Every year I look forward to the Scandinavian Film Festival LA (SFFLA) with an odd combination of excitement and uncertainty. I’m always eager to watch a Norwegian movie or two in Norwegian, but I usually never know anything about the films that are going to be screened. Only one year was I familiar with one of the films. That was 2013, the year when Kon-Tiki had been nominated for a Golden Globe and it was on the Oscar shortlist for best foreign film. That year I attended the festival, even the opening gala and buffet, with great anticipation.
As usual this year, I asked my parents if they knew anything about the Norwegian films, but they didn’t know much. When they go to see movies in Norway, they usually see American ones.
There were many Norwegian films in different genres being screened this year: the documentary Optimistene (The Optimists), the movie Eventyrland (It’s Only Make Believe), Norway’s official Oscar submission 1001 Gram (1001 Grams), thriller Pionér (Pioneer), and crime thriller Kraftidioten (In Order of Disappearance). The only one they had heard anything about it was 1001 Gram. They thought they had heard it was good. That was enough for me to put it on my calendar.
The festival is a low-key event. It takes place at the Writers’ Guild Theatre in Beverly Hills. There’s a cafe, Nordic Café, that offers some simple foods. I chuckled when I saw vodka (Finlandia) and Voss water on the menu. Sausages and open faced sandwiches were also offered. I became hopeful when I saw a sign advertising candy for $2, but I was disappointed when all I saw were Hershey bars. I was hoping for something more Scandinavian, like Freia Melkesjokolade or Laban Siegmenn. Those I would have happily bought. I settled for Voss water.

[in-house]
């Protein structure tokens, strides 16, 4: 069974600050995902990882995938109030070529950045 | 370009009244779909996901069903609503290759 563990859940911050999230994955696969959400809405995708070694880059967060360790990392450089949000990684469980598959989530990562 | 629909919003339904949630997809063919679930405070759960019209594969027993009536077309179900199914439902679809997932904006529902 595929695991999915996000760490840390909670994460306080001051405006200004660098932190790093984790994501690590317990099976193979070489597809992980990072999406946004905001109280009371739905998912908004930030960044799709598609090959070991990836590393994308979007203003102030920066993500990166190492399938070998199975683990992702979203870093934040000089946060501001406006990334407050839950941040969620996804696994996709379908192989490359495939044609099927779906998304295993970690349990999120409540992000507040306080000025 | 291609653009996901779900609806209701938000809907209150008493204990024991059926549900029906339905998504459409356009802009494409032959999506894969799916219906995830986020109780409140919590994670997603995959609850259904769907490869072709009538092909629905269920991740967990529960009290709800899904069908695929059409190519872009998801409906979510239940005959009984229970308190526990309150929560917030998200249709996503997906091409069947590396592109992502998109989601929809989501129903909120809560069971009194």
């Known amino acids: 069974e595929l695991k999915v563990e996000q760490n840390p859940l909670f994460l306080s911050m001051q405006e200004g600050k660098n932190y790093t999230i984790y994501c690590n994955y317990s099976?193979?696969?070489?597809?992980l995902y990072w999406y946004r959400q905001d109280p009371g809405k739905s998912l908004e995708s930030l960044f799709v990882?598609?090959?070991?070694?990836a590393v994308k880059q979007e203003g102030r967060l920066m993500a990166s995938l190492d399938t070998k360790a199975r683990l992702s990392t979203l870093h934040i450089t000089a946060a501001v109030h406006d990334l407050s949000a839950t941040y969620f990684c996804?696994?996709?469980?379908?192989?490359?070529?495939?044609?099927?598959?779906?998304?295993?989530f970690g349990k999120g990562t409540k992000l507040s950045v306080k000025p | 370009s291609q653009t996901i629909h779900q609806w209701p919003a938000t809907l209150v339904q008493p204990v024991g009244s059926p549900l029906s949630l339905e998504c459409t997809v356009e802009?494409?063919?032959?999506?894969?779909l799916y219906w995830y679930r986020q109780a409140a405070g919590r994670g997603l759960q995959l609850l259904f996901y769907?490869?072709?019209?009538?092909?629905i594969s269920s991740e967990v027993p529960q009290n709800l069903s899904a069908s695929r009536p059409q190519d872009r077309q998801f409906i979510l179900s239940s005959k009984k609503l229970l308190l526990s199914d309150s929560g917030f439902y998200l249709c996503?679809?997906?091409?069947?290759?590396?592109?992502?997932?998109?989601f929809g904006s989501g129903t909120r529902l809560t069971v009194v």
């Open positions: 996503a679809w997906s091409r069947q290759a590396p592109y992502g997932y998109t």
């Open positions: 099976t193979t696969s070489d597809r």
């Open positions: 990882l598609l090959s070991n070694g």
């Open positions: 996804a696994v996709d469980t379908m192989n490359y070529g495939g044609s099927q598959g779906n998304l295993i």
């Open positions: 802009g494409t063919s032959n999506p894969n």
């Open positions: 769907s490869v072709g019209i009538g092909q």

The lobby was quiet when I arrived, not quite what I associate with a film festival. People were sitting around chatting or on their phones waiting for the previous film to finish. When the auditorium doors opened and guests came out, however, there was an immediate change in energy. The Finnish film Heart of a Lion had just screened and the writer/producer, director, and an actor had done a Q&A afterwards. They started posing for pictures. I had flashbacks to the year I attended and saw Kon-Tiki. Now the festival had a much more festive feel.
Finally, it was time for 1001 Gram to begin. I loved “being back in Norway”, seeing the landscape and hearing the language. This is why I make it a point to see a Norwegian movie during the festival. I hope to be transported back to Norway and feel Norwegian again. This movie had the added bonus of also taking place in Paris and being partly in French. I spent my junior year abroad in Paris and so I greatly enjoyed revisiting there as well. And the movie was enjoyable to boot. It was a quirky story of relationships (love and loss) and recalibrating one’s life after pieces have broken away. Thank you, SFFLA, for a lovely evening. I look forward to next year.
Note: SFFLA 2015 continues the weekend of January 24 and 25. See the schedule here.